Since the beginning of the year, 14 tons of smuggled gold, rubies, and other stones have been unlawfully shipped from Mozambique, according to a senior official in the Ministry of Mineral Resources.

Some of the world’s greatest gemstone reserves are found in Mozambique, which are often mined by artisanal miners who have no access to official markets.

Smuggling networks have been exporting gold, rubies, garnets, and tantalite (used to make surgical steel) since January, according to Fernando Maquene, a senior officer in the Ministry of Mineral Resources.

“We are looking for ways to fight the expansion of criminal networks that plunder our territory and our strategic resources, so that these resources can generate income to develop local communities,” he told Radio Mozambique.


The illegal gem trade is largely concentrated in northern Mozambique, where an Islamist insurgency has forced some 800,000 people to flee their homes.

Mining gems and selling them on illicit markets, sometimes through corrupt local officials, has become a means of survival for many displaced people, according to a report released in early November by the Swiss think tank Global Initiative against Transnational Organized Crime (GI-TOC).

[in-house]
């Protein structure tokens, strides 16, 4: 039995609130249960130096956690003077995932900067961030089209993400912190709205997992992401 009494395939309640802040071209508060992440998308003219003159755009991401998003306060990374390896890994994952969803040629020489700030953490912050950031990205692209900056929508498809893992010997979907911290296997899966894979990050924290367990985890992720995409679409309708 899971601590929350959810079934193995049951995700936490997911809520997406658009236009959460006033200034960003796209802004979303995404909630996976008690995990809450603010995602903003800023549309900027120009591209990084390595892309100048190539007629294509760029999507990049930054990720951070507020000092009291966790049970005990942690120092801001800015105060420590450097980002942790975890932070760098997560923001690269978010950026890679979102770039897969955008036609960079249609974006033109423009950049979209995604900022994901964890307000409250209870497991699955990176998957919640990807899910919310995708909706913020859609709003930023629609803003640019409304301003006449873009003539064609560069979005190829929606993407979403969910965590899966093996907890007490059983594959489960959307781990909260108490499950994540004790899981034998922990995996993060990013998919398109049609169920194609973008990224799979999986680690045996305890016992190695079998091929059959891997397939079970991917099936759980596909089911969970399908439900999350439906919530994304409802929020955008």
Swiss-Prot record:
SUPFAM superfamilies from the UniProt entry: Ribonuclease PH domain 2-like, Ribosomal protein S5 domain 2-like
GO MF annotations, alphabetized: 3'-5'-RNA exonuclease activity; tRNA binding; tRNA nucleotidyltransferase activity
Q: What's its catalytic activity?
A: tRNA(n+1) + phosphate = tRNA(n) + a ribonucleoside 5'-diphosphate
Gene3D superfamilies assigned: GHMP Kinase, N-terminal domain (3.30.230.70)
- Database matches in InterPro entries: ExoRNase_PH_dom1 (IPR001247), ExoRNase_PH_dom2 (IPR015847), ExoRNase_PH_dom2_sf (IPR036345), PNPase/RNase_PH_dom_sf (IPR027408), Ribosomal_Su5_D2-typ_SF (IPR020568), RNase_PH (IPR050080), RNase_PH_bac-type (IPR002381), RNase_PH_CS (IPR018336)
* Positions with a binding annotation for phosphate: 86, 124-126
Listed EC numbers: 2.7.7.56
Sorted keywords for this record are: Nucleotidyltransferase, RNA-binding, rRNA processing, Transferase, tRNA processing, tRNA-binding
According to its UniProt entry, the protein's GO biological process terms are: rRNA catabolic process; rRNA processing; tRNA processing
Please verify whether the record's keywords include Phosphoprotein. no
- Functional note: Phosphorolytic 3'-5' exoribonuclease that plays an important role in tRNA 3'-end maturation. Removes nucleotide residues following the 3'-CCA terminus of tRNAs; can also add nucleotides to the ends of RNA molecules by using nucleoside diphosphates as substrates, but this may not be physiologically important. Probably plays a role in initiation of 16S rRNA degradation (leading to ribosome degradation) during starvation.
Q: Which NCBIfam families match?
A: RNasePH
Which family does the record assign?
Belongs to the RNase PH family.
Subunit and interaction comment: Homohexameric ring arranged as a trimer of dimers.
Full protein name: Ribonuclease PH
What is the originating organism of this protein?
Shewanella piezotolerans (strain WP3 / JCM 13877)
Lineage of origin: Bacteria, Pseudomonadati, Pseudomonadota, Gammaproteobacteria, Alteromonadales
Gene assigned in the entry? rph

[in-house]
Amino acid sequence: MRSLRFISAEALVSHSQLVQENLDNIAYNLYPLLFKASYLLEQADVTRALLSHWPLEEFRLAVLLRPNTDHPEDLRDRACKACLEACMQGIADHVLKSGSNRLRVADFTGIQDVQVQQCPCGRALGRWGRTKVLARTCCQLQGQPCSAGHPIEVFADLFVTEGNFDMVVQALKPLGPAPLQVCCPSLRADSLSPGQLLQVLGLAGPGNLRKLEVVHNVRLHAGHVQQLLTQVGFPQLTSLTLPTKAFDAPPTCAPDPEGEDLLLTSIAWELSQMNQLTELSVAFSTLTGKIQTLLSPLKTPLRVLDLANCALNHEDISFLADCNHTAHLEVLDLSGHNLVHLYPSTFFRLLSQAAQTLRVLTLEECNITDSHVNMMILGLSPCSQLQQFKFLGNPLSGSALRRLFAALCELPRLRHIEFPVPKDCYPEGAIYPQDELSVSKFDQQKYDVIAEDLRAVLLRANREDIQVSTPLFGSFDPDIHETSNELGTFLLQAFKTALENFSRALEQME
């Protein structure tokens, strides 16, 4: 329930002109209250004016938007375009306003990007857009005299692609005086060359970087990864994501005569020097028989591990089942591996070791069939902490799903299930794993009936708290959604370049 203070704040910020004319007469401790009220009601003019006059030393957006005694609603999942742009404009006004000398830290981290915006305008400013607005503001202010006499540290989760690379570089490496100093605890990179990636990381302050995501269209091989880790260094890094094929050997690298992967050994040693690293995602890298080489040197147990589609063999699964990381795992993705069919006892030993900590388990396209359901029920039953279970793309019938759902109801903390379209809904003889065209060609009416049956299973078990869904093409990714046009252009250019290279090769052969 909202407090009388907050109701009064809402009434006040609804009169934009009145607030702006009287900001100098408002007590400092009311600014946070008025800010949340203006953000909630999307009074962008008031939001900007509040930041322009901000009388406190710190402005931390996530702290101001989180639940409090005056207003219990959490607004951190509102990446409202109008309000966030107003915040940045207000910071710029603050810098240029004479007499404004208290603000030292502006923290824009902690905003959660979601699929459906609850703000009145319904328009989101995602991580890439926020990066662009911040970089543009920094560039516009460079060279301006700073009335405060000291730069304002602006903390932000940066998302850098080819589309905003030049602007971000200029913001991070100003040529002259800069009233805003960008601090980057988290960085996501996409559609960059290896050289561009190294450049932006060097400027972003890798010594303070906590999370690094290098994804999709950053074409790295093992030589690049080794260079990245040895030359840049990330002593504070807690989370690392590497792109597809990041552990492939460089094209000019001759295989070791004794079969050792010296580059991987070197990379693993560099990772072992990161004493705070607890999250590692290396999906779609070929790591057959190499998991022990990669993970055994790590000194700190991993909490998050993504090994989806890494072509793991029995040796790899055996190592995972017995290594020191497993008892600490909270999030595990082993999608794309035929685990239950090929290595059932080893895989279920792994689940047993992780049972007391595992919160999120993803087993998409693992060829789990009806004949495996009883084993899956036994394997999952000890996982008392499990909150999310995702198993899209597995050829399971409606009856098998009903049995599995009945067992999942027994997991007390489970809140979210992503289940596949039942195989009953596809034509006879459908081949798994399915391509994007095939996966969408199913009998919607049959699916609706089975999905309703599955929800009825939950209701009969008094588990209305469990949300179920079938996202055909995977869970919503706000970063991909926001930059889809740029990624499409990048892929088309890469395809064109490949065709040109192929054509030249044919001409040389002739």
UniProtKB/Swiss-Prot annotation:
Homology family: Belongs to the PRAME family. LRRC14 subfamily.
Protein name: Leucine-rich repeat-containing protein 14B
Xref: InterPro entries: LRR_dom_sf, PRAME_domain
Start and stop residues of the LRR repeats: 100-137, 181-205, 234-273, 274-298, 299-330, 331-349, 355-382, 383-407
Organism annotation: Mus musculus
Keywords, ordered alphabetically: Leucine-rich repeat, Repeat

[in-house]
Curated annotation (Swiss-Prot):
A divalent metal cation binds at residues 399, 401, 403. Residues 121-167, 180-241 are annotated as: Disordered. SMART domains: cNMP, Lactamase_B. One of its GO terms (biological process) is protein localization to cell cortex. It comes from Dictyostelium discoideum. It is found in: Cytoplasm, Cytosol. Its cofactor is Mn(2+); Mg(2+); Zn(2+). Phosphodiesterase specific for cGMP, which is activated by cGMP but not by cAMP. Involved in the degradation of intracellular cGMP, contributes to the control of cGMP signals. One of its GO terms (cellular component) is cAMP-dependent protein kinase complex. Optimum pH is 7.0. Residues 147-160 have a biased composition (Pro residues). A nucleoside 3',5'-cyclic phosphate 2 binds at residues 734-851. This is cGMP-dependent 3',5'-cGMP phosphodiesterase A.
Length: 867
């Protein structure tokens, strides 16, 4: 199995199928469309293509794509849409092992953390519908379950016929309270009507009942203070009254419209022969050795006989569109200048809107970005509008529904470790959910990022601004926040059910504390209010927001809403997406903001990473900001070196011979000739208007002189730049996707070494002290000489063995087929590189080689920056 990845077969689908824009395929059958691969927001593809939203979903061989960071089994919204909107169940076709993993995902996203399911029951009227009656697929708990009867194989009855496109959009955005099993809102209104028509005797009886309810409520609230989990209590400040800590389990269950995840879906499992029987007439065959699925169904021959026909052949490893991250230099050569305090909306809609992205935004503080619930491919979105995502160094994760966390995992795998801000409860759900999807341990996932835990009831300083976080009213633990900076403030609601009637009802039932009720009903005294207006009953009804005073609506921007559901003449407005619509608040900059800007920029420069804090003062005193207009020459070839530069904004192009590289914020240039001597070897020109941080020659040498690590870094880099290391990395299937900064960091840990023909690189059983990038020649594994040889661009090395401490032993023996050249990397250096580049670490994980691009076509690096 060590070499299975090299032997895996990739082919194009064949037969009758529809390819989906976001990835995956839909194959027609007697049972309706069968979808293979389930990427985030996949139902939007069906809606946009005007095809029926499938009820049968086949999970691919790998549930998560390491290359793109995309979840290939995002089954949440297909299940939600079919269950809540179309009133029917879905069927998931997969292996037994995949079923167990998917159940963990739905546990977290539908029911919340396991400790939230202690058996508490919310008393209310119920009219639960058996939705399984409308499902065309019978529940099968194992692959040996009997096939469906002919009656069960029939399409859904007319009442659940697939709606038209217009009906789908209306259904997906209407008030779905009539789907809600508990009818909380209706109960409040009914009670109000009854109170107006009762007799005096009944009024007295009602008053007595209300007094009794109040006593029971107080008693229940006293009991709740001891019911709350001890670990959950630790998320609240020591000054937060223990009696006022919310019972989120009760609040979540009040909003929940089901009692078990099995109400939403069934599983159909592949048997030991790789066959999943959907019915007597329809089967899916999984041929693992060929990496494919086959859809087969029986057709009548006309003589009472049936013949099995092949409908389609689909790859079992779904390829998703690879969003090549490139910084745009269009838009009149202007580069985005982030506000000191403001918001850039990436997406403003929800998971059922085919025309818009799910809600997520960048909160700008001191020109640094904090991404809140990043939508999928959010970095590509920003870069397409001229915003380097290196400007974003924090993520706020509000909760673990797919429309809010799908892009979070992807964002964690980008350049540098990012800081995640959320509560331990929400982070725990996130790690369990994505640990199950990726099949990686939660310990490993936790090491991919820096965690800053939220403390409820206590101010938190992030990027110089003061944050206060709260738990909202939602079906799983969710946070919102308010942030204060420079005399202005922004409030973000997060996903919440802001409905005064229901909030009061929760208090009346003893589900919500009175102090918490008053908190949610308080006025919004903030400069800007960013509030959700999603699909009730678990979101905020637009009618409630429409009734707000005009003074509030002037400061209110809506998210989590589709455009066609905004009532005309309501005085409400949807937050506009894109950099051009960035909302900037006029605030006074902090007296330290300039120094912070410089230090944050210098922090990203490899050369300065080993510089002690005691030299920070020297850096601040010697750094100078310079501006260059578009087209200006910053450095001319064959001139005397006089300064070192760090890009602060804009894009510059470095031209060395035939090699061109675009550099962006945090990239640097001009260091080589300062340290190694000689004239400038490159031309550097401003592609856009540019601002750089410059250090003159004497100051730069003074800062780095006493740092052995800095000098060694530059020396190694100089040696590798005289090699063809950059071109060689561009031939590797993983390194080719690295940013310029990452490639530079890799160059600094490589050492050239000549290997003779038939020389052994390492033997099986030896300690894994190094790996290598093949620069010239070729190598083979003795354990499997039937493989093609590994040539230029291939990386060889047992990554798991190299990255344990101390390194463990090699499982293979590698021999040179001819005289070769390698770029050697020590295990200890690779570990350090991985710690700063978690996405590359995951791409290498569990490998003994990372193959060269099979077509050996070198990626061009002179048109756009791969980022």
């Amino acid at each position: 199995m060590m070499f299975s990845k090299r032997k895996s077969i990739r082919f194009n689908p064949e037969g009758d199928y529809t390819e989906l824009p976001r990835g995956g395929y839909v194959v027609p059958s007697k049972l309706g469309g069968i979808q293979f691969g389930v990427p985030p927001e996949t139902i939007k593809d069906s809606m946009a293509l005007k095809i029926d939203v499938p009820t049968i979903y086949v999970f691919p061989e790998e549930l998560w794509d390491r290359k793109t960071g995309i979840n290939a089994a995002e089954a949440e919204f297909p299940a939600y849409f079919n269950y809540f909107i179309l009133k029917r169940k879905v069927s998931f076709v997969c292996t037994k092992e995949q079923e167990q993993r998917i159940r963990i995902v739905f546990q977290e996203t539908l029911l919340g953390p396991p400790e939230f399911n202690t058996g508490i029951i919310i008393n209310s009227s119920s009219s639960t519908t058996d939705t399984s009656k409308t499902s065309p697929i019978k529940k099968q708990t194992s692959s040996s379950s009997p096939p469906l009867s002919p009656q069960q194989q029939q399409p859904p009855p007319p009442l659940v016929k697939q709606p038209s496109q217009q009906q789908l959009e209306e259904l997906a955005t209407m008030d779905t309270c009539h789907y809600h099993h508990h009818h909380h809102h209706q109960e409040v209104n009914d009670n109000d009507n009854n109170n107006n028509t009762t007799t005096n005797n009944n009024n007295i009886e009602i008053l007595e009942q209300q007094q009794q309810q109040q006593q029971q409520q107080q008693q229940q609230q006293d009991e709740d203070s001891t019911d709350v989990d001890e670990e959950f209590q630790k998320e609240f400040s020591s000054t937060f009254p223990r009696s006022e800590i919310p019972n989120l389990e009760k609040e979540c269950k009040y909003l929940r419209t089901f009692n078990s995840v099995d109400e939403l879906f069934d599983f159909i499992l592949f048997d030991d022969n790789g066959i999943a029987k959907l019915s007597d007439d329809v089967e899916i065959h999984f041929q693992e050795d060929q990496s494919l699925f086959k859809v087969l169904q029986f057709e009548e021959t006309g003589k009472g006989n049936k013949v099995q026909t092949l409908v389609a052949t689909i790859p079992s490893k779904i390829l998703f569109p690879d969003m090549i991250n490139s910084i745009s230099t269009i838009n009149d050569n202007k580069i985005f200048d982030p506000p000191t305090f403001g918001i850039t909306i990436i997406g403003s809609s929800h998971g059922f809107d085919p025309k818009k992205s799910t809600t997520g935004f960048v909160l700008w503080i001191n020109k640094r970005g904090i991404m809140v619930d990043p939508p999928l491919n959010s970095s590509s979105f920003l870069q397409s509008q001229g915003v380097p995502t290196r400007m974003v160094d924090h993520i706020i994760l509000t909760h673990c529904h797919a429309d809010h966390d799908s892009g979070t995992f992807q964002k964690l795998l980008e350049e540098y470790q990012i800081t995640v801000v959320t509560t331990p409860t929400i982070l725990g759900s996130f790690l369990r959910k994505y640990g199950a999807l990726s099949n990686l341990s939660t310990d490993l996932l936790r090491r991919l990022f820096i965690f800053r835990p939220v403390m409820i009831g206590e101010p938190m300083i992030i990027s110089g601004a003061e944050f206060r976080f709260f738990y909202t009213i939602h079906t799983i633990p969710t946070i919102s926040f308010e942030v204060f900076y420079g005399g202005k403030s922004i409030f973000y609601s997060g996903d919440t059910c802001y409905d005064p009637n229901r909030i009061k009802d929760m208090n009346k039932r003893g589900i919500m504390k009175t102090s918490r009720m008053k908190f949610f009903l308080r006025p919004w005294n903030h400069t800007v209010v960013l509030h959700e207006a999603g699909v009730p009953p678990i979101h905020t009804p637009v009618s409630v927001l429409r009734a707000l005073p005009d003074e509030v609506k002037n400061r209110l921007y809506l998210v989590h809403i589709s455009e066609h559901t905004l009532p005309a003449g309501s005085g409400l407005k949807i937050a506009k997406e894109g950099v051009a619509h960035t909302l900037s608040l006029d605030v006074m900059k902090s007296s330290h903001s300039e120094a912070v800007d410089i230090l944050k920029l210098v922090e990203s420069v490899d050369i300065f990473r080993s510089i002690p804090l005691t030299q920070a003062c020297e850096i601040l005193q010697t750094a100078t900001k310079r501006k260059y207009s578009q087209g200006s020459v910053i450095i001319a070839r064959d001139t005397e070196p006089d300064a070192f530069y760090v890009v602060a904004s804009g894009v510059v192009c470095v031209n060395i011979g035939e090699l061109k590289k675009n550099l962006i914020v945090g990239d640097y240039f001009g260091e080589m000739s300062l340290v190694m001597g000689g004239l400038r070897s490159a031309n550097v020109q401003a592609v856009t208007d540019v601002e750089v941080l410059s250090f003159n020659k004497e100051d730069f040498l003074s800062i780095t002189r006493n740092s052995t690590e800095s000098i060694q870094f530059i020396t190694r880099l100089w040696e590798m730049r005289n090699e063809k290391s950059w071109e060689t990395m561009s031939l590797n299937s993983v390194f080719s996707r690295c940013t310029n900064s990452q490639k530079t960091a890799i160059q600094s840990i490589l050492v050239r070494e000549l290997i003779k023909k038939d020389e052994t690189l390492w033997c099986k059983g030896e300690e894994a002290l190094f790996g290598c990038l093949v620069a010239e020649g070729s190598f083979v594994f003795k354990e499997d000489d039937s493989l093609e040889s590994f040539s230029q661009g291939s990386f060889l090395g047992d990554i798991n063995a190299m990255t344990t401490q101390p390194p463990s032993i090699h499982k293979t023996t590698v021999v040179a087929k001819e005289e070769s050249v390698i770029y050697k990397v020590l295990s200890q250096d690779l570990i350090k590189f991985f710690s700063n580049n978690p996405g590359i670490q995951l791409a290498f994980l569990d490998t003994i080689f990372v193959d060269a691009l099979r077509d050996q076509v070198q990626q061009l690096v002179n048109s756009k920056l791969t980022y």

The province of Cabo Delgado, the most affected by the insurgency, is home to the Montepuez ruby mine, which currently supplies more than half of the world market for new rubies.

The mine has extracted $600 million (about 527 million euros) worth of rubies since official operations began in 2011.

Mozambique’s Supreme Court judge, Rafael Sebastiao, meanwhile, assured that the judiciary is working to prosecute those responsible in smuggling cases.

But “there is sometimes a lack of transparent mechanisms and evidence to hold those involved in smuggling accountable,” he acknowledged on the radio.

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